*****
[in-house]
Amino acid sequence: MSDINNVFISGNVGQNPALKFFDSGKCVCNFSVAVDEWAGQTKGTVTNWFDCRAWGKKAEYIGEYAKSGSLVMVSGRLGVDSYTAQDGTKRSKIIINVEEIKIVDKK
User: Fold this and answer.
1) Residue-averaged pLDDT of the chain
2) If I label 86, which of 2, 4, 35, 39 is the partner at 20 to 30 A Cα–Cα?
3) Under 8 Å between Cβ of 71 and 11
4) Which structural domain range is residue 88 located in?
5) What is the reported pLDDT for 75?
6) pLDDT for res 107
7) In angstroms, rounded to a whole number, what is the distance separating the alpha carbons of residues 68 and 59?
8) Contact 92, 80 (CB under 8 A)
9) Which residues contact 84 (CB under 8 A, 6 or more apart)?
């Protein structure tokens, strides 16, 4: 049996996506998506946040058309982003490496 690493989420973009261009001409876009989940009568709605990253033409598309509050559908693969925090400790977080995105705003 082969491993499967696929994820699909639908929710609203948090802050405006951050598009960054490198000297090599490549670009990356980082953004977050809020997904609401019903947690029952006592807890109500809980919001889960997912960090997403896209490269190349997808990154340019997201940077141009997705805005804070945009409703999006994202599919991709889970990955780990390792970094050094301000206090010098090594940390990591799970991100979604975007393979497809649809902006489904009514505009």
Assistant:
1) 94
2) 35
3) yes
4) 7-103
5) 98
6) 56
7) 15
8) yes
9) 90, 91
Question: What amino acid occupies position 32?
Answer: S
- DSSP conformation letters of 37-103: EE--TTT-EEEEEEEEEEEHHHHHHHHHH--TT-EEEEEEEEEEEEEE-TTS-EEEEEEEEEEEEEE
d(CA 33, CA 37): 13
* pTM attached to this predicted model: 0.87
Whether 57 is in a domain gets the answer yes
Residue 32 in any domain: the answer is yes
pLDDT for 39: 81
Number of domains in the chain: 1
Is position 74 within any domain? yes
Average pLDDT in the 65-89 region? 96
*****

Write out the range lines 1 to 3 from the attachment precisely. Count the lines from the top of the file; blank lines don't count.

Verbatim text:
[in-house]
Amino acid sequence: MSDINNVFISGNVGQNPALKFFDSGKCVCNFSVAVDEWAGQTKGTVTNWFDCRAWGKKAEYIGEYAKSGSLVMVSGRLGVDSYTAQDGTKRSKIIINVEEIKIVDKK
User: Fold this and answer.